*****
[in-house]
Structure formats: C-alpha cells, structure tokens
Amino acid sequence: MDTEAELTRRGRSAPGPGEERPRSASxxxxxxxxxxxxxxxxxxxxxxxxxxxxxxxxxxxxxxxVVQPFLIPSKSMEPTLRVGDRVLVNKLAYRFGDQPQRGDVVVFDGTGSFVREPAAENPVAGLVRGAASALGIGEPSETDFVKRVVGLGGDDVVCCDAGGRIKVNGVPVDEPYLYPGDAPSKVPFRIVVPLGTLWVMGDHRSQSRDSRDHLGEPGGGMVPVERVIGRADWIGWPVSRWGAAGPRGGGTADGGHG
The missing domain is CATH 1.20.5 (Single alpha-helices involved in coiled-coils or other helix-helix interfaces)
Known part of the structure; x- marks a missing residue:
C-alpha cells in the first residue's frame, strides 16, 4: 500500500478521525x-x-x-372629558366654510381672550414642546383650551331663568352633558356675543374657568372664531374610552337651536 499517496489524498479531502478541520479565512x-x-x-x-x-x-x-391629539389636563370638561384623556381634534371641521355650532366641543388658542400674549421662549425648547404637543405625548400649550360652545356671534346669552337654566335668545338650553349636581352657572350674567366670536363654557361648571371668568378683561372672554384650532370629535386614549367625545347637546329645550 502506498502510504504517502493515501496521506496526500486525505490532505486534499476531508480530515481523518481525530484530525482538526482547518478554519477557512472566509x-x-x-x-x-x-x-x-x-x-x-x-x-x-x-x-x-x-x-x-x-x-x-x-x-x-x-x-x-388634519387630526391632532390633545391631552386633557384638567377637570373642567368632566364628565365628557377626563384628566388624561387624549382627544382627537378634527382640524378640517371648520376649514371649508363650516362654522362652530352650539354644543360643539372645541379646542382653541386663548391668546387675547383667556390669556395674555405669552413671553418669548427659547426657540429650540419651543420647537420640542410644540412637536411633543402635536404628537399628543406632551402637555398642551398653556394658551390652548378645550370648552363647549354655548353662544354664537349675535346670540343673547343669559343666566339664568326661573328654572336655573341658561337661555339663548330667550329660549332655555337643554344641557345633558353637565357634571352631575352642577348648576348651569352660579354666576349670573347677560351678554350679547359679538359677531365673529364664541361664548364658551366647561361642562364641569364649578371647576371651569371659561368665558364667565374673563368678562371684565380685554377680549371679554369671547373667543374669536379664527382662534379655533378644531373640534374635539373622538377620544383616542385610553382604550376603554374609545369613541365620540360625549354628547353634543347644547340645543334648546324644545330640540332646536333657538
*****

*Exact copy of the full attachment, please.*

[in-house]
Structure formats: C-alpha cells, structure tokens
Amino acid sequence: MDTEAELTRRGRSAPGPGEERPRSASxxxxxxxxxxxxxxxxxxxxxxxxxxxxxxxxxxxxxxxVVQPFLIPSKSMEPTLRVGDRVLVNKLAYRFGDQPQRGDVVVFDGTGSFVREPAAENPVAGLVRGAASALGIGEPSETDFVKRVVGLGGDDVVCCDAGGRIKVNGVPVDEPYLYPGDAPSKVPFRIVVPLGTLWVMGDHRSQSRDSRDHLGEPGGGMVPVERVIGRADWIGWPVSRWGAAGPRGGGTADGGHG
The missing domain is CATH 1.20.5 (Single alpha-helices involved in coiled-coils or other helix-helix interfaces)
Known part of the structure; x- marks a missing residue:
C-alpha cells in the first residue's frame, strides 16, 4: 500500500478521525x-x-x-372629558366654510381672550414642546383650551331663568352633558356675543374657568372664531374610552337651536 499517496489524498479531502478541520479565512x-x-x-x-x-x-x-391629539389636563370638561384623556381634534371641521355650532366641543388658542400674549421662549425648547404637543405625548400649550360652545356671534346669552337654566335668545338650553349636581352657572350674567366670536363654557361648571371668568378683561372672554384650532370629535386614549367625545347637546329645550 502506498502510504504517502493515501496521506496526500486525505490532505486534499476531508480530515481523518481525530484530525482538526482547518478554519477557512472566509x-x-x-x-x-x-x-x-x-x-x-x-x-x-x-x-x-x-x-x-x-x-x-x-x-x-x-x-x-388634519387630526391632532390633545391631552386633557384638567377637570373642567368632566364628565365628557377626563384628566388624561387624549382627544382627537378634527382640524378640517371648520376649514371649508363650516362654522362652530352650539354644543360643539372645541379646542382653541386663548391668546387675547383667556390669556395674555405669552413671553418669548427659547426657540429650540419651543420647537420640542410644540412637536411633543402635536404628537399628543406632551402637555398642551398653556394658551390652548378645550370648552363647549354655548353662544354664537349675535346670540343673547343669559343666566339664568326661573328654572336655573341658561337661555339663548330667550329660549332655555337643554344641557345633558353637565357634571352631575352642577348648576348651569352660579354666576349670573347677560351678554350679547359679538359677531365673529364664541361664548364658551366647561361642562364641569364649578371647576371651569371659561368665558364667565374673563368678562371684565380685554377680549371679554369671547373667543374669536379664527382662534379655533378644531373640534374635539373622538377620544383616542385610553382604550376603554374609545369613541365620540360625549354628547353634543347644547340645543334648546324644545330640540332646536333657538